You get a chill that runs up your arm. You are inspired to workout and challenge yourself after hearing about someone who has to break through extreme physical boundaries. The words in a speech or talk leave you pondering your life and what changes you can make. What do they each have in common? Greatness that moves you to be, do, and live better.
I love the idea of greatness. Whatever part of our life where we can encourage, demand, and honor greatness. It is something I look for in others. What are they doing in their life to raise their game? What are they doing to raise the game of others? A second day in a row I am sharing a Daily Om that made me think about life. This particular email titled “The Greatness in Others” made me think about how often we forget that it is already within us:
“We are all moved by greatness when we see it, and although the experience is to some degree subjective, we know the feeling of it. When we encounter it, it is as if something in us stirs, awakens, and comes forth to meet what was inside us all along.”
I want to always be awake and aware for those moments when I find greatness deep inside. The question is, what do we do when we find it? How do we bring it out in others? I hope to always be around people who inspire greatness in themselves and those that they are around. It keeps life real, interesting, and allows us to grow.
Do you crave pleasing others? Do you care what others think? Or are you out for your own success? It all depends on what drives you. Sometimes I think we get a bit conflicted as to who we make our decisions for, many times bending over backwards to make someone happy. Do we do it for them? Do we do it to impress someone else? Or, do we do it for ourselves?
I am someone who craves excellence. I have extremely high expectations and think there is always room for improvement. Do I do it for others? Not really. I want it to be the best because I see the vision of where it can go. So often I think individuals get lazy, quit, or just decide that something is not important. Not me. I want to evolve things so life can be better for me and everyone else. Many call me relentless and it is true. I am relentless. I recently came across this quote:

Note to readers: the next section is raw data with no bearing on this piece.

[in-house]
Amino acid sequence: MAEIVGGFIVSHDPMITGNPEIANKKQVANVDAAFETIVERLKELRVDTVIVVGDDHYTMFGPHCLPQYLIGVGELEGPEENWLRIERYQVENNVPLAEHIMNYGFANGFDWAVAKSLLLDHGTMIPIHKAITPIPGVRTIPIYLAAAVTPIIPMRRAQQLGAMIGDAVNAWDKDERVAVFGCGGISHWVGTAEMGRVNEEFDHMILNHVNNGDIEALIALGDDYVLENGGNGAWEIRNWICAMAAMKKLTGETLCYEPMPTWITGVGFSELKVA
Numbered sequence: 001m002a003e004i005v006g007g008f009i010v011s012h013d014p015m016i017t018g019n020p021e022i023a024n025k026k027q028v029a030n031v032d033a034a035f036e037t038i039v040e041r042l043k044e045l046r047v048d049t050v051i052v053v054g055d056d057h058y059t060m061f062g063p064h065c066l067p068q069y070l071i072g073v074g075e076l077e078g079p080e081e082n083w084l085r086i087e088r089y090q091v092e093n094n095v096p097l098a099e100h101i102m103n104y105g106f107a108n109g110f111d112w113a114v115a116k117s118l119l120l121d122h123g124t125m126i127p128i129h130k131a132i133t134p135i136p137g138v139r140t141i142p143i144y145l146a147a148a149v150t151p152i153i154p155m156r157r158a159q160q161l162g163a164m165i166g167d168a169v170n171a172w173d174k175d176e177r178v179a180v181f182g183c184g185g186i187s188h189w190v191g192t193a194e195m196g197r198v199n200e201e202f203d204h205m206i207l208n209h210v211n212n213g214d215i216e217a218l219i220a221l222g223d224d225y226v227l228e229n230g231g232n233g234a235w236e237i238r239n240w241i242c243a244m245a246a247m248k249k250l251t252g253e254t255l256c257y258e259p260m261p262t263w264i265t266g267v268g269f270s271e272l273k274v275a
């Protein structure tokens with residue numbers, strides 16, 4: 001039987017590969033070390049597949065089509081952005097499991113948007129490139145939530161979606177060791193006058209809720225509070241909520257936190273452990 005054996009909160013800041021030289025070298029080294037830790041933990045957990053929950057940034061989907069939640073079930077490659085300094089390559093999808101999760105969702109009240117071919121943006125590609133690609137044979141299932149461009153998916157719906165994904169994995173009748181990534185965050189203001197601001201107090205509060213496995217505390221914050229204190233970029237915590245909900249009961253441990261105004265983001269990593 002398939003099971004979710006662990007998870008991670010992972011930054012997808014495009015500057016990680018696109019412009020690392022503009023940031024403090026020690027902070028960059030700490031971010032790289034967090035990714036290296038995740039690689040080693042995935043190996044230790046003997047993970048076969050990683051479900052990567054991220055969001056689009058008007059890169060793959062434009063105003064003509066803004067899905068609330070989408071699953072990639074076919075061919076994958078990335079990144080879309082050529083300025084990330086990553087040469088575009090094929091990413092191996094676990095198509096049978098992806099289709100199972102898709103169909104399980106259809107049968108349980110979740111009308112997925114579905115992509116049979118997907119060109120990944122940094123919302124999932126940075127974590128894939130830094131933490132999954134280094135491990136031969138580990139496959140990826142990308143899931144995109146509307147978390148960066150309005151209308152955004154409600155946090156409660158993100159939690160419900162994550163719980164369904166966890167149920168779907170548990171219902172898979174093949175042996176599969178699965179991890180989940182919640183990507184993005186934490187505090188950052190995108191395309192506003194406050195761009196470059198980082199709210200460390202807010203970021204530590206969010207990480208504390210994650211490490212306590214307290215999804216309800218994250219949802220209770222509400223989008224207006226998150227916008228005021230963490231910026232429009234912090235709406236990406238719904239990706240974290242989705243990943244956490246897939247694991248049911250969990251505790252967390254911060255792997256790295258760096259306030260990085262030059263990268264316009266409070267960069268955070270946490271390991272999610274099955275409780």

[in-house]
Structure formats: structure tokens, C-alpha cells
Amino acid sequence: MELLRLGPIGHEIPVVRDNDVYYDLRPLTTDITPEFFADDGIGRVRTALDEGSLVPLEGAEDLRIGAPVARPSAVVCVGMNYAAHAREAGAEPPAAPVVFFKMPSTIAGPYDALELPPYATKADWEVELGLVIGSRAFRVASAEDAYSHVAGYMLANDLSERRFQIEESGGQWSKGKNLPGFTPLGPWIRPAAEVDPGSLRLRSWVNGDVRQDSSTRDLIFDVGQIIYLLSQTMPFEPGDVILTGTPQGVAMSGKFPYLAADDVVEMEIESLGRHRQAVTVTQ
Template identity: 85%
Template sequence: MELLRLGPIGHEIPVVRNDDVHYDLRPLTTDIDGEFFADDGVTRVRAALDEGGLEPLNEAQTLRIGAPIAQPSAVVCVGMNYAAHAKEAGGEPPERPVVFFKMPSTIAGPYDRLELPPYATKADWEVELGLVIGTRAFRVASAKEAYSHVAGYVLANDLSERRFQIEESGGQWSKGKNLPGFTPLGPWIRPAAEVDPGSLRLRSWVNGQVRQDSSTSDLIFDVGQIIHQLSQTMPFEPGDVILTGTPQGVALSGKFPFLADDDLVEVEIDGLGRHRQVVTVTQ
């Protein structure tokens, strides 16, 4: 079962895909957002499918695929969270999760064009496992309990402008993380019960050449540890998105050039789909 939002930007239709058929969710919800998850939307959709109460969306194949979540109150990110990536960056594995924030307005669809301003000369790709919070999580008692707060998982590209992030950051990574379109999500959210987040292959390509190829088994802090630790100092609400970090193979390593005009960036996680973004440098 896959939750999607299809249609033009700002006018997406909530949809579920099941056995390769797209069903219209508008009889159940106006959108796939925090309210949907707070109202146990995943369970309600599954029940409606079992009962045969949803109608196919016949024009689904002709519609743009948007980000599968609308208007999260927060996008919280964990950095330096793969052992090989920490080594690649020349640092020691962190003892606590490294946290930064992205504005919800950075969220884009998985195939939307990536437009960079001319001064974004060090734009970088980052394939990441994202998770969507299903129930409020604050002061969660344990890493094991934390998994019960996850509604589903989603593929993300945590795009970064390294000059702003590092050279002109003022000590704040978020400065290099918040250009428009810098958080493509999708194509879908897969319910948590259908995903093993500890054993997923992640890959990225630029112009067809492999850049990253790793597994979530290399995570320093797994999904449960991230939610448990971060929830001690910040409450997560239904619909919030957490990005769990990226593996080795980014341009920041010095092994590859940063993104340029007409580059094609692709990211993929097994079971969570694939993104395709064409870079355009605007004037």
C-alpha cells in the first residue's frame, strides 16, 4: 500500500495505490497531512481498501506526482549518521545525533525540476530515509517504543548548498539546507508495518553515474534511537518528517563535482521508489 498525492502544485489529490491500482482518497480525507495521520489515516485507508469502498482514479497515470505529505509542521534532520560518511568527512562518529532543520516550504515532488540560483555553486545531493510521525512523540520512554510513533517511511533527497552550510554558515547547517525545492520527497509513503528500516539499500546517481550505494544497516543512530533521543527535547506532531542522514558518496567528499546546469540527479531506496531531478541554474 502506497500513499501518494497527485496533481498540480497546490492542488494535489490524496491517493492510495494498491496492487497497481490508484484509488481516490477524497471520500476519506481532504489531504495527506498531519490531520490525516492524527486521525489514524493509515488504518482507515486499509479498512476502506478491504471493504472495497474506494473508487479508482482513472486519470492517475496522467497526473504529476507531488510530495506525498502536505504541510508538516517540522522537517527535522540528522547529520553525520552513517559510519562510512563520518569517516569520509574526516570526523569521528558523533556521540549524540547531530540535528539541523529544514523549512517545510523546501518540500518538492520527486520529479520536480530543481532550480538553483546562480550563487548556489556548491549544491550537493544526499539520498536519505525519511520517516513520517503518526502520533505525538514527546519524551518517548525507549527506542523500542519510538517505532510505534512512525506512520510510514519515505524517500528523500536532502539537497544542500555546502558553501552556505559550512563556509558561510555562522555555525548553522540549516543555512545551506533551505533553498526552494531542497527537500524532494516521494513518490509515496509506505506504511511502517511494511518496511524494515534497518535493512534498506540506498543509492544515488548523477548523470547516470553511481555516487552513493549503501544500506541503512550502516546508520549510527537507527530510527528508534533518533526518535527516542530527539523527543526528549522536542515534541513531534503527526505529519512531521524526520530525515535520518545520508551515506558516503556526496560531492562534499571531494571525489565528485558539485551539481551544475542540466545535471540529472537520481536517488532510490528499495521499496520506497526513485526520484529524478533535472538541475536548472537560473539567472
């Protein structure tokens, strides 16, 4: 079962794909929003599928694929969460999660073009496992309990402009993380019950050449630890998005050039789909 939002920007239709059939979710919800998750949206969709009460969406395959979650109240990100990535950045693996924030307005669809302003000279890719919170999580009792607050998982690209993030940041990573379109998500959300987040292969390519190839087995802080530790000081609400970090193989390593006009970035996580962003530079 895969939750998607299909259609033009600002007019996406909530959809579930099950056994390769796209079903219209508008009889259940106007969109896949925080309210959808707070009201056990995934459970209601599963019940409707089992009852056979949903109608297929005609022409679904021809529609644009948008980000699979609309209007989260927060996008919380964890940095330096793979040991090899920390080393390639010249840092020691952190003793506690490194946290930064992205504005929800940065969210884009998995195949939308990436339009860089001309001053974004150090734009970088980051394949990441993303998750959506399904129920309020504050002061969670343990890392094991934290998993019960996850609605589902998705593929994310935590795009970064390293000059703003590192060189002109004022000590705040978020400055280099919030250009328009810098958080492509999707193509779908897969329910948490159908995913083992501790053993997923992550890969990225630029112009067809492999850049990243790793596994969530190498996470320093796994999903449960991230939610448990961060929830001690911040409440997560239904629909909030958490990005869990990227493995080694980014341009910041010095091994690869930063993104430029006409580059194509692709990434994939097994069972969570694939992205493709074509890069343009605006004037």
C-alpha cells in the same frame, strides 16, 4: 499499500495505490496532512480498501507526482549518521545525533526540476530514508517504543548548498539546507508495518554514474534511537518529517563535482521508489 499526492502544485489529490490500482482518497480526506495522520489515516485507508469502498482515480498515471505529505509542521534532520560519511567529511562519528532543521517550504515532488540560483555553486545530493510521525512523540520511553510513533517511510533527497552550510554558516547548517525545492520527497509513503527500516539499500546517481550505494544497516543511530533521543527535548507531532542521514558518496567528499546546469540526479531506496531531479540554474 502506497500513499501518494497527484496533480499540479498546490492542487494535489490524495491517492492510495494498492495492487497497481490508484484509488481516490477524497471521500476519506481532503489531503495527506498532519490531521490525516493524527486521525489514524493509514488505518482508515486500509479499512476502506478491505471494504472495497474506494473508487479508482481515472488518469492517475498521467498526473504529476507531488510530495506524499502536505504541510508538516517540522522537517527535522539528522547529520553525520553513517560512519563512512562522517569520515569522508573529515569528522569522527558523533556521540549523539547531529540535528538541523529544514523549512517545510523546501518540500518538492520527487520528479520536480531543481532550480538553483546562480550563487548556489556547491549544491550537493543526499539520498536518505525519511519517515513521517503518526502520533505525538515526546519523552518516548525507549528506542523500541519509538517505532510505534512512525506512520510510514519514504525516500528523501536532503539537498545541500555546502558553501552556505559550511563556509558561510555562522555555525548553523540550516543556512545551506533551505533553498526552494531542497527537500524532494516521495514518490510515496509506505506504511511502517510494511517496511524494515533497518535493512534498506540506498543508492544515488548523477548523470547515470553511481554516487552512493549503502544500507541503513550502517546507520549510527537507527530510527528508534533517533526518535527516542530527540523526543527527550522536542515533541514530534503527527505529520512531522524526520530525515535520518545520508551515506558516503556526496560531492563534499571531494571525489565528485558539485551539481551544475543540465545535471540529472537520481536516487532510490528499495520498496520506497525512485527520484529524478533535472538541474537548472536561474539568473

“When you work to please others you can’t succeed, but the things you do to satisfy yourself stand a chance of catching someone’s interest.”
-Marcel Proust, Pastiches Et Melanges
I thought this quote was interesting. How often do we try to please others? How often do we realize that we are never going to make others happy? I love thinking of the idea that if I am satisfying myself, then that is actually when I am interesting. It is true. We are most fascinating and most interesting when we are living for ourselves and no one else. It is a hard dilemma. How often we make decisions because we are making someone else happy, than doing something because it makes ourselves happy.
Are you the person in the room that is interesting or the person that is interested? I just finished a book called: “Just Listen: Discover the Secret to Getting Through to Absolutely Anyone” by Mark Goulston. I encourage you to read the book, for a number of reasons. One: it will make you think differently about your employees, team, and co-workers. Two: it will make you think differently in your personal life. Three: it will remind you that we rarely listen. All three combined, if we only listened more our work and personal lives would be transformed.
I will give you an example that is shared in Goulston’s book. Do you know at Christmas time when you send out your Christmas cards? Are you the one that writes a long rant about all that you have done that year? All the promotions you received, possessions you gained, and trips you have gone on? Do you ask the recipient of the card how they are doing? Do you do anything to remind them how much you care about them, or want to connect with them, or is it all about you? Goulston talks about how much we are interested in ourselves, or how interesting we are, then in being interested in others. He writes:
“If you want to have an interesting dinner conversation, be interested. If you want to have interesting things to write, be interested. If you want to meet interesting people, be interested in the people you meet—their lives, their history, their story. Where are they from? How did they get here? What have they learned? By practicing the art of being interested, the majority of people can become fascinating teachers; nearly everyone has an interesting story to tell.” Page 56
I love, love, love this. If we all spent more time being inquisitive and interested, we all might also feel more listened to and heard. We all have our own story to tell, but so does everyone else. Like the vastness and uniqueness of a snowflake, so are each of our lives. What if we could be students to all the teachers in our lives? I know I have work to do. While I am an information nut, love learning new things, am constantly researching anything and everything, and love finding solutions — I could be more interested in others.